performs far above baseline in difﬁcult cases. It is a

robust but slower algorithm and except in our most

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730

Figure 7: Typical F1-score evolution over inlier noise for a high outlier ratio (0.8). Estimation problem, dataset name and

image pair number can be found in each graph’s title. Magsac-P, Magsac-R and Magsac-W correspond to the metrics presented

in Section 3.3.

complex settings, it produces a good result so it is a

good pick when high classiﬁcation performance is re-

quired.

LRT performed slightly worse than AC-RanSaC,

with selected inlier threshold usually larger, yet much

faster. LRT thus offers a valuable trade-off between

quality and speed. It is however fairly sensitive to the

complexity of the task: a decrease in performance to

baseline level in complex settings and a steep increase

in runtime.

Fast-AC-RanSaC was developped to improve over

AC-RanSaC by reducing runtime but it fails to outper-

form LRT in most cases.

MAGSAC has the potential to perform similarly

or better than AC-RanSaC, at comparable or bet-

ter speeds with impressive performance on the most

complex tasks. It has a very strong resilience to out-

lier and inlier noise and should be used when other al-

gorithms fail to produce a satisfying result. The lack

of robustness of its current implementation makes it

more risky to use ﬁrst hand.

Finally, our semi-artiﬁcial datasets help reveal be-

havior independent of the dataset chosen as initial in-

put, and thus offers new insight in automatic RanSaC

algorithm analysis.

6 CONCLUSION

RanSaC is a robust and efﬁcient algorithm for a wide

range of situations, whose major weaknesses appear

in case of high outlier ratios and unknown inlier noise.

Thanks to a new method to generate semi-synthetic

ground truth data we have made a quantitative evalu-

ation of three major algorithms for noise- and outlier-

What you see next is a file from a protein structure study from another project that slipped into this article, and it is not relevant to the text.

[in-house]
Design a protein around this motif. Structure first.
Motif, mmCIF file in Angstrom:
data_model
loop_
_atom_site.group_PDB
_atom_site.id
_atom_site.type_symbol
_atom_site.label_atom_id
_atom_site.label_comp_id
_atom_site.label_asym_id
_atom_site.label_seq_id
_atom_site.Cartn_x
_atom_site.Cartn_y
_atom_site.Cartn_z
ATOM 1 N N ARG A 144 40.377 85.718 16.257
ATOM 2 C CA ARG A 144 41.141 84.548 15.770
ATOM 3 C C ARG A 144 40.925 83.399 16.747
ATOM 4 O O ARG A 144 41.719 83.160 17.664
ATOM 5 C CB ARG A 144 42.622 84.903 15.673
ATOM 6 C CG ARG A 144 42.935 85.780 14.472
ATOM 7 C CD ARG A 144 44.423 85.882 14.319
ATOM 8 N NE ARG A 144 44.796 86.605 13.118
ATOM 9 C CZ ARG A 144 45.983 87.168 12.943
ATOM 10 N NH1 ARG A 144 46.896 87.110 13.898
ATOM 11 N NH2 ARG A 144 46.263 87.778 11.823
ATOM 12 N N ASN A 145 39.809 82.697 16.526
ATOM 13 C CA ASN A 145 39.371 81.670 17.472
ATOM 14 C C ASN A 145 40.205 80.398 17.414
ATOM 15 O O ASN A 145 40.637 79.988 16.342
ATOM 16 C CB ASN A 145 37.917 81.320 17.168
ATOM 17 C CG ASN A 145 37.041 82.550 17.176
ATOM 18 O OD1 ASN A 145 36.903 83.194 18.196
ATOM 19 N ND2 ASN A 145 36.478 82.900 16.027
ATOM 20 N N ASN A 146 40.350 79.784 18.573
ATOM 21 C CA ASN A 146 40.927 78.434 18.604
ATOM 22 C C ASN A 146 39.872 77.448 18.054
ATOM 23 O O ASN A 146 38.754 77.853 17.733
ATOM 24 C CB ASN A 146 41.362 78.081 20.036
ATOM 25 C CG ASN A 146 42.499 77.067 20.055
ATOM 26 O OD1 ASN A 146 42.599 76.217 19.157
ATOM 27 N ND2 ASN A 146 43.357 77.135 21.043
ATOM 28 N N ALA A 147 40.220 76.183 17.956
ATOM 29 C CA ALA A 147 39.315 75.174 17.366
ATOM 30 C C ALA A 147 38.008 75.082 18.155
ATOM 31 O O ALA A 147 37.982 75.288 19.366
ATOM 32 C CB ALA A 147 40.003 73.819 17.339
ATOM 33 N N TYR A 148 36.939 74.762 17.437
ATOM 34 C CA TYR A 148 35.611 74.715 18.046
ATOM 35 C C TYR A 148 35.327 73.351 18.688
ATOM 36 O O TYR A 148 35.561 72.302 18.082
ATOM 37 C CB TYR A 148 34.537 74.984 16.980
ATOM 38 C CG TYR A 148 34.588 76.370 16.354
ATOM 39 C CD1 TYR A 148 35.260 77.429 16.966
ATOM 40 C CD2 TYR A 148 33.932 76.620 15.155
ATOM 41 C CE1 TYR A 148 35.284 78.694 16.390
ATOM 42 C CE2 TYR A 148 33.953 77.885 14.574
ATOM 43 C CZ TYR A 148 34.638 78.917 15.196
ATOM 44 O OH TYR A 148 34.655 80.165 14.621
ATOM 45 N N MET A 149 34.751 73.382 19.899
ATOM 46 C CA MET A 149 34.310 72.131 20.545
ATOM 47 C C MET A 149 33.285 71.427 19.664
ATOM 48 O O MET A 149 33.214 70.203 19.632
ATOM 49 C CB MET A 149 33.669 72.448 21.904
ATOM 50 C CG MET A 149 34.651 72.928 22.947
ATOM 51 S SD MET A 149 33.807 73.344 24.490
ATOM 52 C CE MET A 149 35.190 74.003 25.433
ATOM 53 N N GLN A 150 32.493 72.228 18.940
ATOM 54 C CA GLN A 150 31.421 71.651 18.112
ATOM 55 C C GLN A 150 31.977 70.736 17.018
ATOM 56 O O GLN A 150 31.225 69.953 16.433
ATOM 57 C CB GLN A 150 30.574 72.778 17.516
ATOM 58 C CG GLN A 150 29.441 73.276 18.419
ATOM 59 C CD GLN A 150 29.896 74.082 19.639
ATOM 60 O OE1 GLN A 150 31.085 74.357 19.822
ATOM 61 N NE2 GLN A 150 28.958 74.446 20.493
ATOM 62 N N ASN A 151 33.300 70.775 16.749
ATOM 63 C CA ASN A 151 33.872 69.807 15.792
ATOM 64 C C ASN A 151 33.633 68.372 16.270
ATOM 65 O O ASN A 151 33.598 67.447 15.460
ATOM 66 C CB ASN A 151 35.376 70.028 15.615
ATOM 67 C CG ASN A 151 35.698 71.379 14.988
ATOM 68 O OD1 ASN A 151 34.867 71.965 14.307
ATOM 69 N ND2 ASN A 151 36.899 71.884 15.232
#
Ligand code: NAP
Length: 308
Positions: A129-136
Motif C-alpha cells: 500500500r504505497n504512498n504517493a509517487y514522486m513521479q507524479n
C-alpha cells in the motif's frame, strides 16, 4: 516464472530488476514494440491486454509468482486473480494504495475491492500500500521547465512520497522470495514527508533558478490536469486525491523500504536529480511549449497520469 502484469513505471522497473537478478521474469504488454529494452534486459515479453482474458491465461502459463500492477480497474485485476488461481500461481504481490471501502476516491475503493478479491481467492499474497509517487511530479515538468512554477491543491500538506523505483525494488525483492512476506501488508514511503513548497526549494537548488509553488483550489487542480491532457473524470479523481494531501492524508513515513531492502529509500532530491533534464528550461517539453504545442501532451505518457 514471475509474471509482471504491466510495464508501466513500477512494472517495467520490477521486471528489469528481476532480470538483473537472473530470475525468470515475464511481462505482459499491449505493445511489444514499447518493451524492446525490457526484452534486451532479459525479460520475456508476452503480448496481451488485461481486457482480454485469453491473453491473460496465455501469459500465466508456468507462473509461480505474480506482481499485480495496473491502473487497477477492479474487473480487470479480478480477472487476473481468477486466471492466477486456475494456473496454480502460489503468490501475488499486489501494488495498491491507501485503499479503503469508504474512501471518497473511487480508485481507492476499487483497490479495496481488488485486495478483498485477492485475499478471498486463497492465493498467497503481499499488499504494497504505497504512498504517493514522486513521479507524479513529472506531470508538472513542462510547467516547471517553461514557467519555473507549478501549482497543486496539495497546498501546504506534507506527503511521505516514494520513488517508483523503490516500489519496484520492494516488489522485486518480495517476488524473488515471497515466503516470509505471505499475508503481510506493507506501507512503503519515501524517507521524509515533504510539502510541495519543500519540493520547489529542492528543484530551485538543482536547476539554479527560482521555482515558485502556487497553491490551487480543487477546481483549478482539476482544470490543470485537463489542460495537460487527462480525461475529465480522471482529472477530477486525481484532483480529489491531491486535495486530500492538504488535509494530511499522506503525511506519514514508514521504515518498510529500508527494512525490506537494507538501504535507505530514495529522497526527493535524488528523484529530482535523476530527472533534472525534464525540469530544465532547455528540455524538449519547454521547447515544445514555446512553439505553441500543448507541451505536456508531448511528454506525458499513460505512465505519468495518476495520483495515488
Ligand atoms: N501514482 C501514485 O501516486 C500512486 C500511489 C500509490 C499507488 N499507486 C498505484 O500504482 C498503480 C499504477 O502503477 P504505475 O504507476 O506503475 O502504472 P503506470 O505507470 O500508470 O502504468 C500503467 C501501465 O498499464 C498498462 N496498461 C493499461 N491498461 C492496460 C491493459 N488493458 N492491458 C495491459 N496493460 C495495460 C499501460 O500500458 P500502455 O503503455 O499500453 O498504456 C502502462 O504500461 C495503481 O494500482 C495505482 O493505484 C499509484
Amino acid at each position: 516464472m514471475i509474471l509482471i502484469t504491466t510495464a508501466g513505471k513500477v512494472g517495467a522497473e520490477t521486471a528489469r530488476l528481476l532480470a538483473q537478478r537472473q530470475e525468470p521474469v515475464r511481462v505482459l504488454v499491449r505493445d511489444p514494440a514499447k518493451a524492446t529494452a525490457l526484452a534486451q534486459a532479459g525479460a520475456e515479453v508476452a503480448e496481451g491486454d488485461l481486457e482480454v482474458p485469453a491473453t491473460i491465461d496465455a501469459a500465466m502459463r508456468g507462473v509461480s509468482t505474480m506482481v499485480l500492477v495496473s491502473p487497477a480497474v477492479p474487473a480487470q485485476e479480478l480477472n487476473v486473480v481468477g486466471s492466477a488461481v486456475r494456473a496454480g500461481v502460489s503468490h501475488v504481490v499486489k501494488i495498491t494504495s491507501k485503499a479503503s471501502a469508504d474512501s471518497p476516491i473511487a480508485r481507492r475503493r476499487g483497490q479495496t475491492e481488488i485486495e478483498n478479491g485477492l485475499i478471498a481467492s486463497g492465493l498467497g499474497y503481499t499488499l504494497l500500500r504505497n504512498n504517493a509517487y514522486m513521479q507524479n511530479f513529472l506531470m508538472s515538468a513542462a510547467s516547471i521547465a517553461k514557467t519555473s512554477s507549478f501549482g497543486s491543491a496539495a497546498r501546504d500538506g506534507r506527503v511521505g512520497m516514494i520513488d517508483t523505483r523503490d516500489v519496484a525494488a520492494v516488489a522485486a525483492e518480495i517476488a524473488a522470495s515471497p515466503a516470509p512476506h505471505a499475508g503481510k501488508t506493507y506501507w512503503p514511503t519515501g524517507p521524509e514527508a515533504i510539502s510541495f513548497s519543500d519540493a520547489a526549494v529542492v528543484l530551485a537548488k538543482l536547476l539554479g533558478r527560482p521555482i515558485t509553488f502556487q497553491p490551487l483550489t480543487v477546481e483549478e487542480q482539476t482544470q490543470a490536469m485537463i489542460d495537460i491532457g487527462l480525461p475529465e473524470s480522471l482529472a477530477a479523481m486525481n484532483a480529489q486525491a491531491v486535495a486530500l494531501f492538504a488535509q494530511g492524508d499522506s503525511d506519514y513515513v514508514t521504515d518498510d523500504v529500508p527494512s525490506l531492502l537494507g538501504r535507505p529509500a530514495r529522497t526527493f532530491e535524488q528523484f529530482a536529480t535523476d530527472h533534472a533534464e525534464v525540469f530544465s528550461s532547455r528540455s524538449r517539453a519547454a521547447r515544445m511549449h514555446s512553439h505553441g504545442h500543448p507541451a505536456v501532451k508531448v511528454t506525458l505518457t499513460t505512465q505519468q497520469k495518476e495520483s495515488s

robust ﬁtting based on RanSaC. For most standard us-

ages, all algorithms perform well, with only execution

speed varying. When outliers outnumber inliers and

noise is large, adaptive methods justify their existence

by outperforming standard RanSaC by a large mar-

gin, at the cost of speed. Overall, the algorithms offer

a choice for those who seek to trade robustness, ac-

curacy, and execution speed. For example, LRT is a

good algorithm to use on simple cases, offering bet-

ter performance than traditional RanSaC in compara-

ble runtime. MAGSAC has a very strong resilience

to outlier and inlier noise and should be used when

other algorithms fail to produce a satisfying result.

The lack of robustness of its current implementation

makes it more risky to use ﬁrst hand. AC-RanSaC

would then be a more robust but slower algorithm.

Except in our most complex settings, it produces a

good result so it is a good pick when high accuracy

is required. The variety of tests show the strength of

the data generation procedure in exhibiting the sensi-

tivity of the methods to each problem, to noise, and to

outliers.

Thanks to such observations, we plan to im-

prove these methods using the optimizations proposed

above as we did with Fast-AC-RanSaC that proved a

potential improvement if a more stable implementa-

tion can be developped. It is also possible now to per-

form an ablation study of each proposed ingredient

like the σ-consensus post-processing of MAGSAC to

determine precisly their impact on the robustness and

Classiﬁcation Performance of RanSaC Algorithms with Automatic Threshold Estimation

731

retrieval power of each method. Finally, we plan to

extend the study on the remaining model-ﬁtting prob-

lem involved in MVS pipelines: Perspective from n

points (PnP). This problem recovers the camera pose

of a view inserted in the pipeline from 2D-3D cor-

respondences, and model quality measures should be

adapted to that speciﬁc case.